Samuel Youd (John Christopher) 1922-2012
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A decent obituary in the Guardian by Christopher Priest - John Christopher.
I'm ashamed to say I was unaware of how much he had written. I do have fond memories of No Blade of Grass (including Pierre the gunshop owner) and The Long Winter.
I'll have to pull some of the ones of his I haven't read off the shelf and give them a read.
Has anyone read the science fiction he wrote under names other than John Christopher?
I don't know if that was SF. He seemed to write in a variety of genres. The ones under a female pseudonym look like historical romances.
His Tripods series contributed strongly to my interest in science fiction
Aw, geez, how could I have forgotten the name? The Tripods series was also some of my first sf. I read it serialized as a comic strip in Boy's Life, then later the novels. Great stuff! Fare thee well, Mr. Youd.
The Tripod books were my first SF. My first chapter books were C.S. Lewis, the Narnia books, followed by the Tripod books. Got them both from my Dad, he is multi-denominational. He turned me on to the Matt Helm books not too much later. I feel like I am revealing my first girlfriends. Never thought about it, but it explains a lot about what I read today.
I love John Christopher's story Socrates (Galaxy 1951, and in the anthology Beyond Human Ken).
I have fond memories of reading the Tripods trilogy in elementary school. It was pretty scary stuff at the time.
Last year I read The death of grass aka No blade of grass
published in the US as
In 2009 and 2010, Penguin Books has expanded and revamped the Penguin Modern Classics series, adding a number of great works of fiction which were about to be forgotten. I usually shun detective, and much sci-fi, but bought these on the authority of the series, considering that,inclusion in this Penguin series must indicate merit. On the other hand, foreign language books are still scarce in China, so as these Penguins appeared on the shelve in one bookstore (only), I bought a large number of them, across various genres and categories of authors I have never read.
Death of grass merits to remain in broad circulation for at least two reasons. In the first place, as it was published in 1956, it was one of the books that inspired environmentalists. The book poignantly demonstrates the importance of the environment, by drawing attention to the effects of total destruction of the environment if only one order of plants would be wiped out, namely grasses. Even in our day, the devastation that would be created by killing off any type of grass, is hard to imagine, and the author is able to impress the reader today by apocalyptic landscapes of bare and muddy hills an downs in rural England, where all grass has disappeared.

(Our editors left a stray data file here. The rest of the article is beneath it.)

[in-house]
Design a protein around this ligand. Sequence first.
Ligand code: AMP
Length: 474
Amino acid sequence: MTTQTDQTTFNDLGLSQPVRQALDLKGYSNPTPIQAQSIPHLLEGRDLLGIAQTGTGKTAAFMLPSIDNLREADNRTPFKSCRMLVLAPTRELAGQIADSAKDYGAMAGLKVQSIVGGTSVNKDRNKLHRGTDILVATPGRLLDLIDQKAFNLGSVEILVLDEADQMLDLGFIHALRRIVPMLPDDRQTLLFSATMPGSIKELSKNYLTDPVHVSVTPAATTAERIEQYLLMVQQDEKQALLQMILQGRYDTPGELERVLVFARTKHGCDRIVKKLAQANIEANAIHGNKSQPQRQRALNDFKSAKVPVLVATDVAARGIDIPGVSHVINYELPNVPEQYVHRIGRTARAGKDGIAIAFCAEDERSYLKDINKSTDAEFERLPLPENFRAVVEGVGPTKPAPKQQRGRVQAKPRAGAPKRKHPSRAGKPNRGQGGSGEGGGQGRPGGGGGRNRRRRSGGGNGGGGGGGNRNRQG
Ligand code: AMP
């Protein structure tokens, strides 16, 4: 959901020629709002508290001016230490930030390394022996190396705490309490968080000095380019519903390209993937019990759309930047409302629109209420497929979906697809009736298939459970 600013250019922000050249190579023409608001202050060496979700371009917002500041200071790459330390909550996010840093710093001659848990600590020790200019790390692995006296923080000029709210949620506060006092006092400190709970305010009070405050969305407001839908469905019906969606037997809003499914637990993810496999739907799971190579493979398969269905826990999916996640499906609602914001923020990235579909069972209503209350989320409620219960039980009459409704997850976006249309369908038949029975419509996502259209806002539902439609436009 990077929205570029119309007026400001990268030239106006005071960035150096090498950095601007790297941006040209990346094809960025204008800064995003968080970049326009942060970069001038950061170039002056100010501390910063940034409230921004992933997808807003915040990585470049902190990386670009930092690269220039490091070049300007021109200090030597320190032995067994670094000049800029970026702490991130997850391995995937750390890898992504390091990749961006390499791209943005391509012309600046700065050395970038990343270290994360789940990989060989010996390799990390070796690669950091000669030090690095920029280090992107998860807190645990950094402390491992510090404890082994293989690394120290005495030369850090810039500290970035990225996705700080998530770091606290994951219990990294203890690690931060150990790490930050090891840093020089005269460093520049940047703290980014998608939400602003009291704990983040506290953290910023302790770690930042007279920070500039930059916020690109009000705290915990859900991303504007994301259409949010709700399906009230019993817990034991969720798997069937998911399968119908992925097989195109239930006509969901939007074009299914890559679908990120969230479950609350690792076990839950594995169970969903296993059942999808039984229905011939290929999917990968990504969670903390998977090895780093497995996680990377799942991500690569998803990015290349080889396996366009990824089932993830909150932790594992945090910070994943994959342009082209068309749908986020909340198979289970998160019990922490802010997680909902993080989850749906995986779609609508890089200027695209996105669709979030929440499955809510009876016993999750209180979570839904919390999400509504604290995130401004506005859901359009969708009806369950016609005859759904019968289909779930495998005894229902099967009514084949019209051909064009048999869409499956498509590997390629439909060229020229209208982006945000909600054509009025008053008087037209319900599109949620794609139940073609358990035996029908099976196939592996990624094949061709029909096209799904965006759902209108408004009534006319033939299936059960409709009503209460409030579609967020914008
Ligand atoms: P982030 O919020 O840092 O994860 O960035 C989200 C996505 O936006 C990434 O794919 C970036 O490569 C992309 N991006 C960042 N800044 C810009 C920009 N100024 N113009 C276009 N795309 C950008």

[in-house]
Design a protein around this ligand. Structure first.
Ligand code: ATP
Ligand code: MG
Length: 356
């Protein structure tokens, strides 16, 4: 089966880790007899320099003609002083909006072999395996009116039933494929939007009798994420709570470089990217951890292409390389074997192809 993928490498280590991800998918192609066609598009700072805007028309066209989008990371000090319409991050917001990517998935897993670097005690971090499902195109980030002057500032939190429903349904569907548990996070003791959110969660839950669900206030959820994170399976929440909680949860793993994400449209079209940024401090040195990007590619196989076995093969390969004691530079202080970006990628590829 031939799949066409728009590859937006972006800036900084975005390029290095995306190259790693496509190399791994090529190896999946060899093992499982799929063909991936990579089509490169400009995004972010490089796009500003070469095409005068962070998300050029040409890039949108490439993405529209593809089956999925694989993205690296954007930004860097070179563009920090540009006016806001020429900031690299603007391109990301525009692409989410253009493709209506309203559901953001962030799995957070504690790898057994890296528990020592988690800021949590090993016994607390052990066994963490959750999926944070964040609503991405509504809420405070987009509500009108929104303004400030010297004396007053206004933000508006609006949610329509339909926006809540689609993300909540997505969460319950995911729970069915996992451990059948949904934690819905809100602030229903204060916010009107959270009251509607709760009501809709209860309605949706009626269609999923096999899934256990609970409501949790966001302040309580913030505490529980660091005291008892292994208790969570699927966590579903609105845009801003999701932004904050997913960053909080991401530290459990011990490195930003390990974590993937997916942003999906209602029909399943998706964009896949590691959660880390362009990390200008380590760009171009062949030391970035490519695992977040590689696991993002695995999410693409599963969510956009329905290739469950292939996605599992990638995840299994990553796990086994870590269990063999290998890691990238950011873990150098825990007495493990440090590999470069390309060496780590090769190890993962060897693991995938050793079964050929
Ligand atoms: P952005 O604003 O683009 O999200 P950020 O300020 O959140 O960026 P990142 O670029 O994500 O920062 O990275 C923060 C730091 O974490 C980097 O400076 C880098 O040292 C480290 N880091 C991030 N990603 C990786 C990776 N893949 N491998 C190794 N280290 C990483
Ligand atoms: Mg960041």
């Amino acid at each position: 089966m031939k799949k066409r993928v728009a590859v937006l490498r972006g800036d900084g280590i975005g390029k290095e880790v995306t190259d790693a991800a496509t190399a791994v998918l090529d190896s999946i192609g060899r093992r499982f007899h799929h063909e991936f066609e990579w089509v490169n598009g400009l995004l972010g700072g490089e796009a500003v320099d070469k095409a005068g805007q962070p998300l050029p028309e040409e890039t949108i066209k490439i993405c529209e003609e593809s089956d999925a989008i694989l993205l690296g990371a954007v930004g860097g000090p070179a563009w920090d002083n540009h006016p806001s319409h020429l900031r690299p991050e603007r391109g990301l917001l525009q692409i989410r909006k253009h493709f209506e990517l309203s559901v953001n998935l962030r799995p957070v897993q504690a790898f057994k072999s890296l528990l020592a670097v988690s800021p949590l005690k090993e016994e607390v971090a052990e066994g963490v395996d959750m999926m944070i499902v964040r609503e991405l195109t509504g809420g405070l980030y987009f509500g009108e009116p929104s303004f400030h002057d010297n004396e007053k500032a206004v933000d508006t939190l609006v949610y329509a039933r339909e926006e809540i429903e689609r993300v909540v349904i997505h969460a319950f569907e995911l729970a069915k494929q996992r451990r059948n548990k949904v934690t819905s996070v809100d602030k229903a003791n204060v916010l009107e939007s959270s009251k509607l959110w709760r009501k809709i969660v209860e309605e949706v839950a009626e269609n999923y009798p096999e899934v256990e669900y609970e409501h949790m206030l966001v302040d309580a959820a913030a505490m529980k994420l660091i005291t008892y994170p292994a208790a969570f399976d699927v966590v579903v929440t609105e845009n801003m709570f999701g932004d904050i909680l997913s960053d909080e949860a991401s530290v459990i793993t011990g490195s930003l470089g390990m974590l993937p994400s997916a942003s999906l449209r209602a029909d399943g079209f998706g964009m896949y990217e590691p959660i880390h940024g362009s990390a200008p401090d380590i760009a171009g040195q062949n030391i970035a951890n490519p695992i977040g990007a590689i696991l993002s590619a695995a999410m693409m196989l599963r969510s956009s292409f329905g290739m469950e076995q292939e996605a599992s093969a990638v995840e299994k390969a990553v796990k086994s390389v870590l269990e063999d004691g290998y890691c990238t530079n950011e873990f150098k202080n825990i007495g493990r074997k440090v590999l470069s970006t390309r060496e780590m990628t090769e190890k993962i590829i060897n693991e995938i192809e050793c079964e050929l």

Secondly, some science fiction has the potential to turn into an ugly reality. According to the introduction to this edition by Robert Macfarlane, the type of virus described in the book as causing this massive die-off of grasses already exists in the natural world, and it is spreading. While it sounds a little bit like another eboli-horror originating from deep in Africa, apparently hardly spreading, the fact that it is spreading, plus the fact that I had never heard of it before, may give you an excellent reason to pick up and read this book.
Meanwhile, the story is a good read, certainly as good as John Wyndham. Naturally, all these novels read with a feeling of being somewhat dated. In another twenty years, they will be included in Penguin Classics, along with H. W. Wells. I must say, I quite like writings from this period, all the more, if you read a few of them, such as The black cloud (1957) by Fred Hoyle or After the rain (1958) by John Bowen my review
I remember seeing the Tripods series on BBC TV in the early eighties although they did not show the last two episodes and i had forgotten who had written the books until i joined LT and The Green Dragon and did a bit of digging so that i could track the books down. I enjoyed his stories and it is a sad loss to the Sci-fi world.
The Tripods was dropped after the second series - with the story left unresolved - because not only had it not done as well with viewing figures as the BBC had hoped, but also the actress playing the female lead in the second series was killed in a road traffic accident and they did not feel able to re-cast it.
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